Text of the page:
Freedom: The YPJ and a New Beauty Standard

Freedom: The YPJ and a New Beauty Standard

Much has been written about the impact of the YPJ and the Rojava Revolution, especially with regards to gender liberation. One area which has generated little to no attention though is the revolutionary, anti-capitalist notion of beauty as advocated by the writings of imprisoned Kurdish leader Abdullah Ocalan and developed further by the Kurdish Women’s Movement.

Since bursting onto the international scene the Women’s Defense Units (YPJ) in Rojava (Western Kurdistan) have been widely analyzed by international media, regional experts, and critics. The YPJ has had widespread media visibility, but at the same time has been largely sensationalized, often tacitly or implicitly repeating racist or sexist cliché’s towards Kurdish women and the Middle East. The sensationalization of the YPJ has contributed to them being sexualized and fetishized, with her ideological revolutionary objective often coming secondary to the promotion of “exotic” orientalist notions of Middle Eastern femininity.

The general western depiction of the YPJ, particularly through the Western media, has presented her as essentially emerging solely as a result of ISIS. Her ideology, her activism, her entire political position, therefore, is analyzed in relation to the rise of ISIS’s brutal ideology. This position points to the ways in which racialized and sexualized minority women’s entire subjectivity is determined from the perspective of the Western gaze—whose analysis determines and becomes the medium through which her position is clarified.

A well published photo of Asia Antar.

One notable example was the case of 19 year-old Asia Ramazan Antar, who was killed in the battle for the liberation of Manbij in 2016. Asia burst upon the world the year before in 2015, when western journalists took photos of her flippantly likening her to renowned beauties like Angelina Jolie or Penelope Cruz. When she was then killed fighting ISIS, news headlines predictably sexualized her and reduced her political activism, her revolutionary ideology, and even her heroic death came secondary, to her physical beauty and celebrity-like appearance. In the battle against ISIS thousands of her female comrades had been killed heroically fighting, yet none generated as much attention as Antar had because of her physical attractiveness.

Furthermore, the Western media depiction of the YPJ as suddenly arising unexpectedly in the fight against ISIS, delinks her revolutionary struggle from her colonized status and historical oppression as well as silencing and erasing the existence of a long history of women in armed revolutionary struggles. Women have a long history of participation in revolutionary and nationalist liberation struggles, specifically and explicitly in armed guerrilla struggles. Women from Uganda, Eritrea, Lebanon, Congo, Sierra Leone, Mozambique, Liberia, Algeria, Peru, Sri Lanka, and all through Latin America have long been present as armed combatants. To use the YPJ as a archetype of never-before-seen women’s liberation activism is to suggest that women have never picked up weapons in the face of state terrorism or other forms of oppression. It is to suggest the complete absence of Kurdish women in the long history of Kurdish struggle against state oppression in places like Turkey. It erases the long history of women needing to take up self-defense and weapons in order to protect their rights. The YPJ comes from this long line of women’s militant activism, and this connection is essential to her ideology of protecting women from not only oppression but the terrors of capitalist patriarchy.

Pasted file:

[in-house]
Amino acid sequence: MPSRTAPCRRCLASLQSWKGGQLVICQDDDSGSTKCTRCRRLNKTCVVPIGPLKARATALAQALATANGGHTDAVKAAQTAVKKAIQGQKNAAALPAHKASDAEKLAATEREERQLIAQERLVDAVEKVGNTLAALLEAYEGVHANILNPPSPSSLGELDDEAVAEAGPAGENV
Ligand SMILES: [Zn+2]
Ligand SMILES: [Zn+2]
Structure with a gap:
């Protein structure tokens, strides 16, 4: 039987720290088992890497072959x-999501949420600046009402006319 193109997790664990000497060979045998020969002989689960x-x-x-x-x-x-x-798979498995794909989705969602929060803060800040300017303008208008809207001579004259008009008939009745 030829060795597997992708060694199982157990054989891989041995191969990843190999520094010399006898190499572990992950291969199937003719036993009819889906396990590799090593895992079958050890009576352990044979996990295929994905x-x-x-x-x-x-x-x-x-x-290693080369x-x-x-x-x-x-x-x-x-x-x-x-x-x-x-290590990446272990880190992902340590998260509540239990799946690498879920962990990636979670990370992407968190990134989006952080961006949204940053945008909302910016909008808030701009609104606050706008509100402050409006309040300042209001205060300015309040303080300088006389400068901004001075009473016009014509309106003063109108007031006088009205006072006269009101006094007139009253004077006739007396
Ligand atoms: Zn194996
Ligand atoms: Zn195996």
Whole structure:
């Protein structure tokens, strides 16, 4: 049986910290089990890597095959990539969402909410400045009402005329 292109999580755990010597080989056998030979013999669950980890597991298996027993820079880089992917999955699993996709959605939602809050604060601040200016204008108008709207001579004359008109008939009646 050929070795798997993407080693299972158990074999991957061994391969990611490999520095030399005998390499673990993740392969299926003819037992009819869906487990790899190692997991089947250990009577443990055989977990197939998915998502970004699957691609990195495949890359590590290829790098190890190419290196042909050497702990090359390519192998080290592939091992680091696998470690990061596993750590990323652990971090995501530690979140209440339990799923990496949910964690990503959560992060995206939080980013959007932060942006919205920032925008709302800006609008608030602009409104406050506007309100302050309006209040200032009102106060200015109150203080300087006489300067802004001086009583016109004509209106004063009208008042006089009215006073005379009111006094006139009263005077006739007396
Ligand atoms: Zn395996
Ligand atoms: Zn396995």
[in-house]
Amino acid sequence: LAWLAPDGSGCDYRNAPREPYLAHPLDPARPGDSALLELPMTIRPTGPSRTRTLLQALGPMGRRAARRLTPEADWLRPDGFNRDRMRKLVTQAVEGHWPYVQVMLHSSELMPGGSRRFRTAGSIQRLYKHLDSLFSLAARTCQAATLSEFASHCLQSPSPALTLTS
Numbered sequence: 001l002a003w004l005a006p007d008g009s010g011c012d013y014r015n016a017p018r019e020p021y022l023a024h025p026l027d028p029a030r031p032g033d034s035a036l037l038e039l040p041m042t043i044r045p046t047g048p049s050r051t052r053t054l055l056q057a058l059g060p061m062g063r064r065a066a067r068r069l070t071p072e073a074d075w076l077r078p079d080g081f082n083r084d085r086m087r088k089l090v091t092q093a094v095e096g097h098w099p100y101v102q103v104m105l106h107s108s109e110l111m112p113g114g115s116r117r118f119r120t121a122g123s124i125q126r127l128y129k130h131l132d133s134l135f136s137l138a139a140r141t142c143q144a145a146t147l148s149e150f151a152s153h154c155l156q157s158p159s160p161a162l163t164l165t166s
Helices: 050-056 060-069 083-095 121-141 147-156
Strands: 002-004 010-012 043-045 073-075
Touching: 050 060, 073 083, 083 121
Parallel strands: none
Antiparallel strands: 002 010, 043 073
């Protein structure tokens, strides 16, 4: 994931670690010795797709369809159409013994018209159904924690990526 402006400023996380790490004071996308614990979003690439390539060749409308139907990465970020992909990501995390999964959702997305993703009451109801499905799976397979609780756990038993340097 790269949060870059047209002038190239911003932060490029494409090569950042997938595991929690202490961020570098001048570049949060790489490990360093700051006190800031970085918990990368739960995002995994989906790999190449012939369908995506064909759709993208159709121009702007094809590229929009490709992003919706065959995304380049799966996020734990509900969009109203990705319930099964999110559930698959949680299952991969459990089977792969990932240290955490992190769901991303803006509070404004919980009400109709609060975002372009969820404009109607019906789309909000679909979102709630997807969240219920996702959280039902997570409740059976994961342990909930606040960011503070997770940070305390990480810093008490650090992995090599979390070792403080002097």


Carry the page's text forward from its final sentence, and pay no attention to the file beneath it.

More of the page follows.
Within the context of the Kurdish women’s struggle, their militant activism goes back decades if not centuries. Since the 1980’s at least, Kurdish women have been combatants in the nationalist struggle for liberation. From its inception, the Kurdistan Workers Party (PKK), for instance, positioned women increasingly in the forefront of the liberation struggle, both in terms of militant activism, but also ideologically. In 1995, autonomous women only units were created under Ocalan’s concept of a “Free Woman”, a concept which grew rapidly to embody and capture the ideological essence of Jineology (the science of women). These women have engaged in decades’ long struggle in relation to subverting oppressive gender stereotypes and structures across multiple fronts. The YPJ is but the natural outcome of this long history of struggle and activism, though she is consistently depicted as separate and removed from the women in the PKK.

This historical struggle has explicitly involved unlearning and reeducation of society against sexist and patriarchal gender notions, increasingly under the concept of Jineology. The importance of anti-sexist and women-centric doctrines to not only the YPJ but also to their male counterparts in the YPG, is integral to the social progressive ideologies being promoted in Rojava. More essentially, this is an attempt to link the liberation movement of the Kurds within its military-political context to a feminization and women-centric psychology of social change and politics of resistance. This mentality is perfectly captured in Ocalan’s statement “a society can never be free without women’s liberation.” This statement highlights that the Kurdish struggle for liberation has not just been a struggle against the fascism of the state towards minorities but also the lesser recognized goal of women’s liberation. Therefore, by delinking her struggle from that of the PKK as well as the historical women’s movements, she is deliberately depoliticized and uprooted from her historical foundations—a colonial practice that continues to promote the delinking notion of Kurdish liberation being irreparably influenced by colonial borders and the four region division.